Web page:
If this is your first introduction to Sankofa, let me give you the very abbreviated history. We’ve been following the Fort Wayne, Indiana rapper since the mid-2000’s, he teased retirement in the 2010’s, but he’s still going strong in the 2020’s. The latest chapter in his saga is “Floodgates” and while physical copies are sold out at Bandcamp, you can still pick up a digital distribution via the merchant of your choice. Do you want to though? Well dear reader, that’s why you’re here, and that’s why I’m here. Let’s find out.
This entry in the Sankofa discography is produced entirely by DJ Matty Lite, and he provides a harrowing backdrop for the lead single “Dali Rolex.” I don’t know if he intentionally programmed it to be a throwback track, but the way it shifts loops and scratches in hooks creates a very Dr. Octagon quality I enjoy. It’s a murky, sinister form of boom bap that is appropriately matched by Sankofa’s bars. “I’m not paranoid, I’m careful, watching plans unfold beneath me.” This is rap music to set you on edge, with a palpable feeling of tension breathing through every beat and rhyme.
“This that Ice-T, Ice Cube, put you in a foul mood/you against the world forever, when the sounds move.” On second thought the throwback style of “Floodgates” is very much on purpose, as evidenced by the menacing title track and shout out to Cali rap legends. “I’m leaving microphones crushed until my bones rust.” There’s an undeniable energy to the sound found here, one which if ripped to a .wav file and examined visually would look like a big middle finger. I shouldn’t speak for the man because only he knows his heart and intentions, but listening to Sankofa spit one gets the impression he’d rather commit seppuku than ever let his vocals be AutoTuned.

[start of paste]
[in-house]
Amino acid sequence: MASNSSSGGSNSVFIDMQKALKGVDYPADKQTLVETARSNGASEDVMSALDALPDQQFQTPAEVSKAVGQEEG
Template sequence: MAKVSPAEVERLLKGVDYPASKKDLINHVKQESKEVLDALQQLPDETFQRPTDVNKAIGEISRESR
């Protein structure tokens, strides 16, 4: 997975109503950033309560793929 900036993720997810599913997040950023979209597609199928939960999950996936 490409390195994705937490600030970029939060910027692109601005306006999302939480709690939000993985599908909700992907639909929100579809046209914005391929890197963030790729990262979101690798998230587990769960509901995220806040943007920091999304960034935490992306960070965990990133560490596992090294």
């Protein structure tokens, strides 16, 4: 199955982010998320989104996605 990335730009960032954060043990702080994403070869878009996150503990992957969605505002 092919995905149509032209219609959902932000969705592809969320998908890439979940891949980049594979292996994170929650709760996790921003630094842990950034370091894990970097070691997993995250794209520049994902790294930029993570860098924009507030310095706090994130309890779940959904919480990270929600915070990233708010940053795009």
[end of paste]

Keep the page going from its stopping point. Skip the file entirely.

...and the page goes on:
“Between utterances you can see the sneers captured/Regret the only thing I hold inside this clear chapter.” I take Sankofa’s words at face value on “Napalm Throne” but as a lyricist he’s holding nothing back here. “Why did I even bother man?” Because some people have a well of creativity bubbling up from deep within their soul that has to be let out periodically. Failure to do so would make their spirit whither and die, and while it certainly doesn’t hurt to make a living from your art, Sankofa raps with the urgency of a man who can’t survive unless he gets the lyrics weighing him down off his chest.
There aren’t many cameos on this short album, but DJ Navin Johnson provides scratches throughout, while San Luis Obispo emcee JON?DOE comes through on the bloody “Razor Blade Suit.” He’s arguably playing to me as a review by dropping references to Andre the Giant and the Kwisatz Haderach, but if those are your pop cultural touchstones too then he’s dropping bars for you as well. “Floodgates” doesn’t rely overly hard on your knowledge of the references within, but it does assume a love for incredibly heavy beats and rhymes. “We don’t come to rock mics, we mutilate them.” This is unapologetically aggressive rap music, pissed off at the state of the world and the mediocrity of many emcees, and even if you didn’t know you were mad when you hit play you will find it to be a cathartic experience.